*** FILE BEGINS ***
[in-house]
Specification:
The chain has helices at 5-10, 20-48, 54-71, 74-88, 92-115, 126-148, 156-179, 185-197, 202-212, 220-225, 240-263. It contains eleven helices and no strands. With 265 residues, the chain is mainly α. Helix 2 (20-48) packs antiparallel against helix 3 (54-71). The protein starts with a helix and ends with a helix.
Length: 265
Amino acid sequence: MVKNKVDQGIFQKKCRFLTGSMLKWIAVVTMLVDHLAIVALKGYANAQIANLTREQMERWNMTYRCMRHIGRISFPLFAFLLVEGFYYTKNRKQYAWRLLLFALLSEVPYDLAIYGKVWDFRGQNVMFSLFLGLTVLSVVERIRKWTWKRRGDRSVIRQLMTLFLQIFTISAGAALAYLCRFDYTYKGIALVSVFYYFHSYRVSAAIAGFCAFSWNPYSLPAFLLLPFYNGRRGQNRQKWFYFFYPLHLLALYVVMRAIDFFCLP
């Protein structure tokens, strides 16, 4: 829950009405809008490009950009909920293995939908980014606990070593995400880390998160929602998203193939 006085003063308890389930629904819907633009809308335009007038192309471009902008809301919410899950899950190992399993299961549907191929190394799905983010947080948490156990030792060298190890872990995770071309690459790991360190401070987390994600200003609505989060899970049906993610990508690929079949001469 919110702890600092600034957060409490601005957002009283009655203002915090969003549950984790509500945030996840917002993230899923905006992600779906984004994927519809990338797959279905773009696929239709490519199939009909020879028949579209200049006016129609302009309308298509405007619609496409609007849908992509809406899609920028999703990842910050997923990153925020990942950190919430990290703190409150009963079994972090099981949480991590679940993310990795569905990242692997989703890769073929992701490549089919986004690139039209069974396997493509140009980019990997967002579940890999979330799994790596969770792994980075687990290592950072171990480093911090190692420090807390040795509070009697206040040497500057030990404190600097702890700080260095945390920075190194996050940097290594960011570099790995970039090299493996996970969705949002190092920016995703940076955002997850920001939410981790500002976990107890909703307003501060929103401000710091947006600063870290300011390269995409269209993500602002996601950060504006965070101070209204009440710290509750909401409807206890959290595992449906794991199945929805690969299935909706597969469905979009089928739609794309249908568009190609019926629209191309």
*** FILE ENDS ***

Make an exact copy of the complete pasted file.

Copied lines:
[in-house]
Specification:
The chain has helices at 5-10, 20-48, 54-71, 74-88, 92-115, 126-148, 156-179, 185-197, 202-212, 220-225, 240-263. It contains eleven helices and no strands. With 265 residues, the chain is mainly α. Helix 2 (20-48) packs antiparallel against helix 3 (54-71). The protein starts with a helix and ends with a helix.
Length: 265
Amino acid sequence: MVKNKVDQGIFQKKCRFLTGSMLKWIAVVTMLVDHLAIVALKGYANAQIANLTREQMERWNMTYRCMRHIGRISFPLFAFLLVEGFYYTKNRKQYAWRLLLFALLSEVPYDLAIYGKVWDFRGQNVMFSLFLGLTVLSVVERIRKWTWKRRGDRSVIRQLMTLFLQIFTISAGAALAYLCRFDYTYKGIALVSVFYYFHSYRVSAAIAGFCAFSWNPYSLPAFLLLPFYNGRRGQNRQKWFYFFYPLHLLALYVVMRAIDFFCLP
């Protein structure tokens, strides 16, 4: 829950009405809008490009950009909920293995939908980014606990070593995400880390998160929602998203193939 006085003063308890389930629904819907633009809308335009007038192309471009902008809301919410899950899950190992399993299961549907191929190394799905983010947080948490156990030792060298190890872990995770071309690459790991360190401070987390994600200003609505989060899970049906993610990508690929079949001469 919110702890600092600034957060409490601005957002009283009655203002915090969003549950984790509500945030996840917002993230899923905006992600779906984004994927519809990338797959279905773009696929239709490519199939009909020879028949579209200049006016129609302009309308298509405007619609496409609007849908992509809406899609920028999703990842910050997923990153925020990942950190919430990290703190409150009963079994972090099981949480991590679940993310990795569905990242692997989703890769073929992701490549089919986004690139039209069974396997493509140009980019990997967002579940890999979330799994790596969770792994980075687990290592950072171990480093911090190692420090807390040795509070009697206040040497500057030990404190600097702890700080260095945390920075190194996050940097290594960011570099790995970039090299493996996970969705949002190092920016995703940076955002997850920001939410981790500002976990107890909703307003501060929103401000710091947006600063870290300011390269995409269209993500602002996601950060504006965070101070209204009440710290509750909401409807206890959290595992449906794991199945929805690969299935909706597969469905979009089928739609794309249908568009190609019926629209191309």